Artificial life (commonly Alife or alife) is a field of study and an associated art form which examine systems related to life, its processes, and its evolution through simulations using computer models, robotics, and biochemistry. The discipline was named by Christopher Langton, an American computer scientist, in 1986. There are three main kinds of alife, named for their approaches: soft, from software; hard, from hardware; and wet, from biochemistry. Artificial life imitates traditional biology by trying to recreate biological phenomena. The term "artificial life" is often used to specifically refer to soft alife.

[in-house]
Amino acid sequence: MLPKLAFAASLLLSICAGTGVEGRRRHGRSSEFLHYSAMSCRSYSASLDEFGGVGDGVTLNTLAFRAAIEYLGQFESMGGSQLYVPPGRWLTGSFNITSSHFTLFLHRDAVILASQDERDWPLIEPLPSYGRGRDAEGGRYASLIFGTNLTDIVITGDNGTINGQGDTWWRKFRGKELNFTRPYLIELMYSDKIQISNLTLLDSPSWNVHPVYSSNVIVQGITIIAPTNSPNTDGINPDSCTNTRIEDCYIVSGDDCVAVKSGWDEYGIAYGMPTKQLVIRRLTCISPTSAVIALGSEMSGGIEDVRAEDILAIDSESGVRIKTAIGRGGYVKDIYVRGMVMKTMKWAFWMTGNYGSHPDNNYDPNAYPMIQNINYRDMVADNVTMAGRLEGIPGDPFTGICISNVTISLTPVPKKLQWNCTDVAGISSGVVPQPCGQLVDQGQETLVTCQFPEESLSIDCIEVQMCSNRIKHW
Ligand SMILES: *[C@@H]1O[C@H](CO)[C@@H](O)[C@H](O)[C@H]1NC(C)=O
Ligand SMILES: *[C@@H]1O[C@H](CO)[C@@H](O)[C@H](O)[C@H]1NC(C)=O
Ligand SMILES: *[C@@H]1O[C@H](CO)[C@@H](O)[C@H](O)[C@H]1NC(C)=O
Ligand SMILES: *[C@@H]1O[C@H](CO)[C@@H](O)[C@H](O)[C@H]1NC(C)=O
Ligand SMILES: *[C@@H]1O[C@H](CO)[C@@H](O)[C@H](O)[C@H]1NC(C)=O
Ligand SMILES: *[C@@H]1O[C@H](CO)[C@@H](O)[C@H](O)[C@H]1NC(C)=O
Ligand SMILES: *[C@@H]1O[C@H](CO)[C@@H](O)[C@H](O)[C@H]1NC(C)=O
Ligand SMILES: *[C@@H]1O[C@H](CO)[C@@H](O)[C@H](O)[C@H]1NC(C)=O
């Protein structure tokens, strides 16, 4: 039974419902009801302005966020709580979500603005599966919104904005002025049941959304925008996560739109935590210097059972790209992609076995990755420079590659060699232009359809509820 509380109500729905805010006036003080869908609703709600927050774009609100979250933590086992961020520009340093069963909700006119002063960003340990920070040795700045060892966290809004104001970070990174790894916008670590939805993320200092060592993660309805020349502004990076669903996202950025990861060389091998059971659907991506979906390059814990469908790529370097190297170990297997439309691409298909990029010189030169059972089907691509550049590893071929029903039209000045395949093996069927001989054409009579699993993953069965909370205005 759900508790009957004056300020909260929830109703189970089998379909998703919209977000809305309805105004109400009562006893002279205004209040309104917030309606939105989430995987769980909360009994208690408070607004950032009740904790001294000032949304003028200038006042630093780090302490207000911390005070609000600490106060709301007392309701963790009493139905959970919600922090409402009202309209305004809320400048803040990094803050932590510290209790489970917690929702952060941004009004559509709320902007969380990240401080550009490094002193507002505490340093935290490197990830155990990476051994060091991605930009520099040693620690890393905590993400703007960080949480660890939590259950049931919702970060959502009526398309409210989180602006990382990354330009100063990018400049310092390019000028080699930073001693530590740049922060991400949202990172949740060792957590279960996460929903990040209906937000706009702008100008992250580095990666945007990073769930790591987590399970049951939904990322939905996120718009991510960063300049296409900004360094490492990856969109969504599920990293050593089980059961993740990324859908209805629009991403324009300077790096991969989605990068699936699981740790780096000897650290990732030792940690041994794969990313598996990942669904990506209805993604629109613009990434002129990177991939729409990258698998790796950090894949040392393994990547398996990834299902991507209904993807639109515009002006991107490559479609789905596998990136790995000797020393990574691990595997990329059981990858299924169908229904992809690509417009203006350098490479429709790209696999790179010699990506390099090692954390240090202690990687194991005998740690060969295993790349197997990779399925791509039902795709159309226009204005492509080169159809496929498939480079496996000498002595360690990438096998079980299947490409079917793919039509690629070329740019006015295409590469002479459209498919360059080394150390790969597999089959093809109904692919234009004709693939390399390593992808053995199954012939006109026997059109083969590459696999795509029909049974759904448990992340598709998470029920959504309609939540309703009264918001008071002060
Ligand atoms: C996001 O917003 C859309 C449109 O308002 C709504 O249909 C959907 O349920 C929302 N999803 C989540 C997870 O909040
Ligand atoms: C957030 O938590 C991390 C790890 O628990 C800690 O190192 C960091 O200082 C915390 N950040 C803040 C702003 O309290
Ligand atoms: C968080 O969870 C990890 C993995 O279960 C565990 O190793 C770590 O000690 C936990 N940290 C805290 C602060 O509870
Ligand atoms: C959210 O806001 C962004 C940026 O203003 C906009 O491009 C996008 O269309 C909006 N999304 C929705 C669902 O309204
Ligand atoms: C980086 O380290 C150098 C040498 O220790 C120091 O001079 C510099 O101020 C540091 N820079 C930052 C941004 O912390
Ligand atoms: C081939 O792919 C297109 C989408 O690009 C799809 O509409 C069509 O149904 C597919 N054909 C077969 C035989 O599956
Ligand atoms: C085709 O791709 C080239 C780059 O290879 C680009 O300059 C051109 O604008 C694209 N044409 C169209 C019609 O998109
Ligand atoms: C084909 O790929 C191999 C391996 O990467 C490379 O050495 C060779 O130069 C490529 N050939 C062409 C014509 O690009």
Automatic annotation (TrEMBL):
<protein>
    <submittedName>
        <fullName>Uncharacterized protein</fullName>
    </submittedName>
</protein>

“It is a trivial grammar-school text, but yet worthy a wise man’s consideration. Question was asked of Demosthenes, what was the chief part of an orator? he answered, action; what next? action; what next again? action.”